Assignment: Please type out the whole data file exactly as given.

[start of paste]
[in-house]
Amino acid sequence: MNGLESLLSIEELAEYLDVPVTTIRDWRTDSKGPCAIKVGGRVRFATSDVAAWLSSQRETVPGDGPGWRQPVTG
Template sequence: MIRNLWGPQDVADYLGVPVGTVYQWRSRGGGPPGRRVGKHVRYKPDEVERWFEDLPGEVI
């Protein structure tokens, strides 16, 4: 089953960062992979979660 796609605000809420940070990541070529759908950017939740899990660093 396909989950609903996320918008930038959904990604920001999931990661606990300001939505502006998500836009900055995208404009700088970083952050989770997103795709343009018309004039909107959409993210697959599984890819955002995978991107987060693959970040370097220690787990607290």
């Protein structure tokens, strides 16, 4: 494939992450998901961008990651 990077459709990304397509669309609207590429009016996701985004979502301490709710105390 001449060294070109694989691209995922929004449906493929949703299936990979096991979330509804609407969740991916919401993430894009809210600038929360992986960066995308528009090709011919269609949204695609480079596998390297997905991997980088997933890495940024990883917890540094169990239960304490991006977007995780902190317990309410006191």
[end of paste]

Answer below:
[in-house]
Amino acid sequence: MNGLESLLSIEELAEYLDVPVTTIRDWRTDSKGPCAIKVGGRVRFATSDVAAWLSSQRETVPGDGPGWRQPVTG
Template sequence: MIRNLWGPQDVADYLGVPVGTVYQWRSRGGGPPGRRVGKHVRYKPDEVERWFEDLPGEVI
């Protein structure tokens, strides 16, 4: 089953960062992979979660 796609605000809420940070990541070529759908950017939740899990660093 396909989950609903996320918008930038959904990604920001999931990661606990300001939505502006998500836009900055995208404009700088970083952050989770997103795709343009018309004039909107959409993210697959599984890819955002995978991107987060693959970040370097220690787990607290």
């Protein structure tokens, strides 16, 4: 494939992450998901961008990651 990077459709990304397509669309609207590429009016996701985004979502301490709710105390 001449060294070109694989691209995922929004449906493929949703299936990979096991979330509804609407969740991916919401993430894009809210600038929360992986960066995308528009090709011919269609949204695609480079596998390297997905991997980088997933890495940024990883917890540094169990239960304490991006977007995780902190317990309410006191």